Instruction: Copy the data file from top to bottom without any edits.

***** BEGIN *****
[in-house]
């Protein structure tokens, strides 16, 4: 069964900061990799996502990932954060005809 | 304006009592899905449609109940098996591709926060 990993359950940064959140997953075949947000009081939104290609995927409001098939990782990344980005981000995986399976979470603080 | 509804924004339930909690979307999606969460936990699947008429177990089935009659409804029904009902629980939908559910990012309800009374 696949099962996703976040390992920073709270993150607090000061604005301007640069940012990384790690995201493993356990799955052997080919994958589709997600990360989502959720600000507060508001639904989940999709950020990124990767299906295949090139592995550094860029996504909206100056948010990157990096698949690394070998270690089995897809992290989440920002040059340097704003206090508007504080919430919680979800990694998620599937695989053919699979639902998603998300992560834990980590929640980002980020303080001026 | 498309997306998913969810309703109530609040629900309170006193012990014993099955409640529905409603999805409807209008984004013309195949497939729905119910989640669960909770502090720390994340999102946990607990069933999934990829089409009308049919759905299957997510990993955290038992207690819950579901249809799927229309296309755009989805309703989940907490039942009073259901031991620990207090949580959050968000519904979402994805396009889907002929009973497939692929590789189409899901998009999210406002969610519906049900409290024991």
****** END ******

[in-house]
């Protein structure tokens, strides 16, 4: 069964900061990799996502990932954060005809 | 304006009592899905449609109940098996591709926060 990993359950940064959140997953075949947000009081939104290609995927409001098939990782990344980005981000995986399976979470603080 | 509804924004339930909690979307999606969460936990699947008429177990089935009659409804029904009902629980939908559910990012309800009374 696949099962996703976040390992920073709270993150607090000061604005301007640069940012990384790690995201493993356990799955052997080919994958589709997600990360989502959720600000507060508001639904989940999709950020990124990767299906295949090139592995550094860029996504909206100056948010990157990096698949690394070998270690089995897809992290989440920002040059340097704003206090508007504080919430919680979800990694998620599937695989053919699979639902998603998300992560834990980590929640980002980020303080001026 | 498309997306998913969810309703109530609040629900309170006193012990014993099955409640529905409603999805409807209008984004013309195949497939729905119910989640669960909770502090720390994340999102946990607990069933999934990829089409009308049919759905299957997510990993955290038992207690819950579901249809799927229309296309755009989805309703989940907490039942009073259901031991620990207090949580959050968000519904979402994805396009889907002929009973497939692929590789189409899901998009999210406002969610519906049900409290024991």